Yes. Paper that has been printed and has no bleaching or other chemical processing is considered recyclable. Paper sheets (receipts, wrapping paper, pages of newspapers, catalogues, tissue paper etc.) are recycled because paper is typically turned into pellets used in the manufacture of plastic bags, straws, cans, foil packaging, etc. Many paper bags can be reused several times and plastic bags usually go right into the recycling bin once opened.
In general, if paper from magazines, catalogues, and other printed material has bleaching or other chemical processing, it is usually not recyclable. If paper comes in one colour and has printing on one side only, it’s recyclable. If it has printing on both sides, it’s considered recyclable.
While we don’t use the words “recycle” and “reuse” in the literature about recycling, we do advise you to “repurpose” a wet newspaper if possible. Because wet paper has a higher moisture content than dry paper, it’s often used to clean carpets, inks, ink bottles, furniture stains, tomato stains, and even the outer layer of paint.
There are several reasons to avoid chemically bleaching any paper. First, paper mills today are much more energy efficient than in the past. Second, when bleaching papers with mercury, metals and other chemicals, the chemicals leach out and contaminate the surrounding environment.
Re-Purposing Printed Tissue Paper
If you have printed or laminated tissue paper, it’s almost certainly biodegradable. The only things that don’t decompose are the vinyl labels and logos that come on the rolls of tissue paper. Because tissue paper is quite thick, it doesn’t shrink as much in water, and in most cases the colouring or logos on the tissue paper don’t come off.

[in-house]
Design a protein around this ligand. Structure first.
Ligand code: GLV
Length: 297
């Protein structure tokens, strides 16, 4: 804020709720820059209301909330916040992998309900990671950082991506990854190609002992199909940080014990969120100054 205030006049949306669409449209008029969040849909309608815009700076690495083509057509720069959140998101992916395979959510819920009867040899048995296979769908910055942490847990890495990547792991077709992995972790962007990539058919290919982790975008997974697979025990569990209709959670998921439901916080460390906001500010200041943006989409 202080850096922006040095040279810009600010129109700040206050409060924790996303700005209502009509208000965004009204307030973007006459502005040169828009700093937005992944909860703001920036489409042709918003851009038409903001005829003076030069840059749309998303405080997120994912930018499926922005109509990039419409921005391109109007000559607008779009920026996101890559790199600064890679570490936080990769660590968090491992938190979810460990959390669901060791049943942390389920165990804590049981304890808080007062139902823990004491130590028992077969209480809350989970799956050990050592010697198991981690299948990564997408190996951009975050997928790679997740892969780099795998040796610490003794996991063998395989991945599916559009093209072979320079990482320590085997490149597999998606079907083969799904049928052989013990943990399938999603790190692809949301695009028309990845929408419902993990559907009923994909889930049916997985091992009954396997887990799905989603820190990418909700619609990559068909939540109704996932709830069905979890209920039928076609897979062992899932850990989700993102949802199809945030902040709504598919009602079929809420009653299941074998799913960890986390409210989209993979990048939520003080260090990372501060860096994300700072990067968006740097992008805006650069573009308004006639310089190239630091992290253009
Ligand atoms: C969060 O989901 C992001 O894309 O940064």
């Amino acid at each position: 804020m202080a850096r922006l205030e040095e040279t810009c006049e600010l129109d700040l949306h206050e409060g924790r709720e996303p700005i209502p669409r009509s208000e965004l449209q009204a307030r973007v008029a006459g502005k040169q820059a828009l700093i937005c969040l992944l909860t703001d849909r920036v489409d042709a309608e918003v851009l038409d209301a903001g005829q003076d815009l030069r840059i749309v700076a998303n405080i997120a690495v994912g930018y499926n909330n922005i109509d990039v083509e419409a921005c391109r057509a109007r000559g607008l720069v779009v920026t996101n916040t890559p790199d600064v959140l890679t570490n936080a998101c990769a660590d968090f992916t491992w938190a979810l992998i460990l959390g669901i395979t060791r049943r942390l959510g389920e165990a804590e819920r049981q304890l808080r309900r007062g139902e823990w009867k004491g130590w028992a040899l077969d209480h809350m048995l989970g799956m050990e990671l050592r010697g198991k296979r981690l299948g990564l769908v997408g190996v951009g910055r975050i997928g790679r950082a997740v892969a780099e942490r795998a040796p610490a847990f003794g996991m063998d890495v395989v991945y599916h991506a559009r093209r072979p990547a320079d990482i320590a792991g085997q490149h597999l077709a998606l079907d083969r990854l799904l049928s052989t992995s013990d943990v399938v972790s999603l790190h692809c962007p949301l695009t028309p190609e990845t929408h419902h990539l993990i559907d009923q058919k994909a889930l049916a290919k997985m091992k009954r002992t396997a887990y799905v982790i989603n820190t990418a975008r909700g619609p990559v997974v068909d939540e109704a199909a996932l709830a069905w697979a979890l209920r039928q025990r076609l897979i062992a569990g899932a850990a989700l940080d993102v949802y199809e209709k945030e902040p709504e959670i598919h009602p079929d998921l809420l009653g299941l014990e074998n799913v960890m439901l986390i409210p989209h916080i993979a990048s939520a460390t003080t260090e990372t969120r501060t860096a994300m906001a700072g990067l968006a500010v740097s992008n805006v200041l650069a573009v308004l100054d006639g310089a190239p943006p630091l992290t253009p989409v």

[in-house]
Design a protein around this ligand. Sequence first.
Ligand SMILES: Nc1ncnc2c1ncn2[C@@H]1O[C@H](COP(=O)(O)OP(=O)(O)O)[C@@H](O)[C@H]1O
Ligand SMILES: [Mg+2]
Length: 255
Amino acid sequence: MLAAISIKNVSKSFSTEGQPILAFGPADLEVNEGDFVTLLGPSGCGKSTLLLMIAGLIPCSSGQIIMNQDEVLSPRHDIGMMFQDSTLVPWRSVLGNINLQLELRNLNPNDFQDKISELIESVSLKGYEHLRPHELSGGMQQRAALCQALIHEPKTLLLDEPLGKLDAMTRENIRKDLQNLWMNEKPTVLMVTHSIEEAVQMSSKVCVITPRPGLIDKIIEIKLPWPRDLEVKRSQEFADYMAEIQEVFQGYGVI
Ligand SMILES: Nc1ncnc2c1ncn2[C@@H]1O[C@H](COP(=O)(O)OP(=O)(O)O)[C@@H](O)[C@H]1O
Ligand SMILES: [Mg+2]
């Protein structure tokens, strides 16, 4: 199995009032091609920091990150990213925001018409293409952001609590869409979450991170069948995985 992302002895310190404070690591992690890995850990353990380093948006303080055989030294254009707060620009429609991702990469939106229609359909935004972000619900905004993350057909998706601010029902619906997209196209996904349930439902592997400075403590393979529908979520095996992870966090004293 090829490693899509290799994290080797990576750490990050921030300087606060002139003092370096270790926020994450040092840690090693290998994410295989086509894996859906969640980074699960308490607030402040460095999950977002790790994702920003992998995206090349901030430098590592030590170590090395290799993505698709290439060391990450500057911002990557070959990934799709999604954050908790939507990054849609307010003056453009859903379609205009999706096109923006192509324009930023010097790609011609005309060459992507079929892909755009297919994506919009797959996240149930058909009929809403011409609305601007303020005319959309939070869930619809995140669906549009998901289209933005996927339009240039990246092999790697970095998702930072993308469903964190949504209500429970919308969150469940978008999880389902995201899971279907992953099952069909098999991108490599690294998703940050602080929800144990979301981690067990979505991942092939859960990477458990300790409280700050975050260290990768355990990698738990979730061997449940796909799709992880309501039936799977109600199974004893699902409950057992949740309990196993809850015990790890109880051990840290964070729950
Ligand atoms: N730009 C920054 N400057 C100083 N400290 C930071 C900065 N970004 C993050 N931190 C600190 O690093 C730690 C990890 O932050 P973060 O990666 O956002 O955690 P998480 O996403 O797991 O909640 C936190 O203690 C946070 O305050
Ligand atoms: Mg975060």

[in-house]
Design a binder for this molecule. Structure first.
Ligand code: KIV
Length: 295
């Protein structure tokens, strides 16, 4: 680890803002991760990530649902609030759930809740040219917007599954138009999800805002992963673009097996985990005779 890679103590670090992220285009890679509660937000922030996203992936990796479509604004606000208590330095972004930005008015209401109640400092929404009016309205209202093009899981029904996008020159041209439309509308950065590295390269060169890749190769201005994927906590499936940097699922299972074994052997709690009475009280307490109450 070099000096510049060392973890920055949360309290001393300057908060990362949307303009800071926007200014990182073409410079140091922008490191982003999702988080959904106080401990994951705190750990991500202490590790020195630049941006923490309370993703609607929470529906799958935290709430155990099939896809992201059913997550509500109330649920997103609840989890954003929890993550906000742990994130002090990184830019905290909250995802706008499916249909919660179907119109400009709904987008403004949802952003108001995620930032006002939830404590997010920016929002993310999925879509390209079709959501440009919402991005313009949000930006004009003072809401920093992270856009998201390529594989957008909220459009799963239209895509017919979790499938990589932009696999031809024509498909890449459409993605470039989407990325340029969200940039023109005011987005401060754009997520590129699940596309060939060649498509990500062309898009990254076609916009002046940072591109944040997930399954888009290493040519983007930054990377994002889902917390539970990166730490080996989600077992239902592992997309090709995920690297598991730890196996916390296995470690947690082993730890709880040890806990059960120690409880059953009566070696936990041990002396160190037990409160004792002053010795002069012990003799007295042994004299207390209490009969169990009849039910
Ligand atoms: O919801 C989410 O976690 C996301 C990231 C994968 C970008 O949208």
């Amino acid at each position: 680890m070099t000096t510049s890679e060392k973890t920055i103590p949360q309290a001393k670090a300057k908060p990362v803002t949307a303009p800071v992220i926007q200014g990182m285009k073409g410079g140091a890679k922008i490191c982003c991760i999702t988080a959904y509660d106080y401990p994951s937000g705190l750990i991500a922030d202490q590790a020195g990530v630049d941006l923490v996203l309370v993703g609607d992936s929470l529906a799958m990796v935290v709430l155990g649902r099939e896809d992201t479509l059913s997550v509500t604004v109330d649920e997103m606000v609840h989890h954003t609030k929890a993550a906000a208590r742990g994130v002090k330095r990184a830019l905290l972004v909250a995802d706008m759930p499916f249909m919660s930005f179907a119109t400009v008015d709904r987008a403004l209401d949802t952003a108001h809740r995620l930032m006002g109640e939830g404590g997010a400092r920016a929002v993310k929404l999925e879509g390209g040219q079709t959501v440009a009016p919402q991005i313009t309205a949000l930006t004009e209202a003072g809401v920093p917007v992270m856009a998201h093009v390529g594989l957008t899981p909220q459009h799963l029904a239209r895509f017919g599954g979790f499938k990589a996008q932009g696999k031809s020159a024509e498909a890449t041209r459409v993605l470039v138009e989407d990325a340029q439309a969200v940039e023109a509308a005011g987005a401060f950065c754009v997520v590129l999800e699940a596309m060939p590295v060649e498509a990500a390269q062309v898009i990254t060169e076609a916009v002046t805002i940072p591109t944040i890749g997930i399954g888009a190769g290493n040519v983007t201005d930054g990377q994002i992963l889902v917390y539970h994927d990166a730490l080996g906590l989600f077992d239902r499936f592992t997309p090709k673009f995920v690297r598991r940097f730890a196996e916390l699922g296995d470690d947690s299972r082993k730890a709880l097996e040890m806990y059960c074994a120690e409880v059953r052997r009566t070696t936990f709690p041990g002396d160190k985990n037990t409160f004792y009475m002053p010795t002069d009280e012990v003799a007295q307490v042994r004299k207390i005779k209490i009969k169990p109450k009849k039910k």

Paper towels and printed tissue paper rolls make excellent displays for gardening seeds, plastic bags, egg cartons, and some seed packets.
Some producers of paper goods are starting to include recycled paper in packaging in an effort to encourage people to repurpose the paper. However, any paper product made after the end of the 602 contains a mix of paper from both recycled and non-recycled sources. Therefore, recycled paper doesn’t necessarily go back to its original source. Once made, recycled paper is considered environmentally responsible regardless of the producer’s practices and products can be labelled as “recycled” or “eco-friendly.”
Here are a couple of tips that can help you re-purpose a roll of paper tissues:
Have tissue paper rolls stored in large plastic bags, usually containing at least one inch of water. The plastic bags protect the tissue paper rolls from moisture, and during the dry summer months, air can actually dry out the paper.
If you have paper towels or tissues from last winter and the weather has warmed up, make a great decorative table display for your house and garden. If you have stamped paper to make tags for gifts, or tea towels or dish towels, cut the rolls into smaller pieces and put them into recycled paper sacks. This is also a great place to store packages of dried plantains that you have bought from a roadside stand.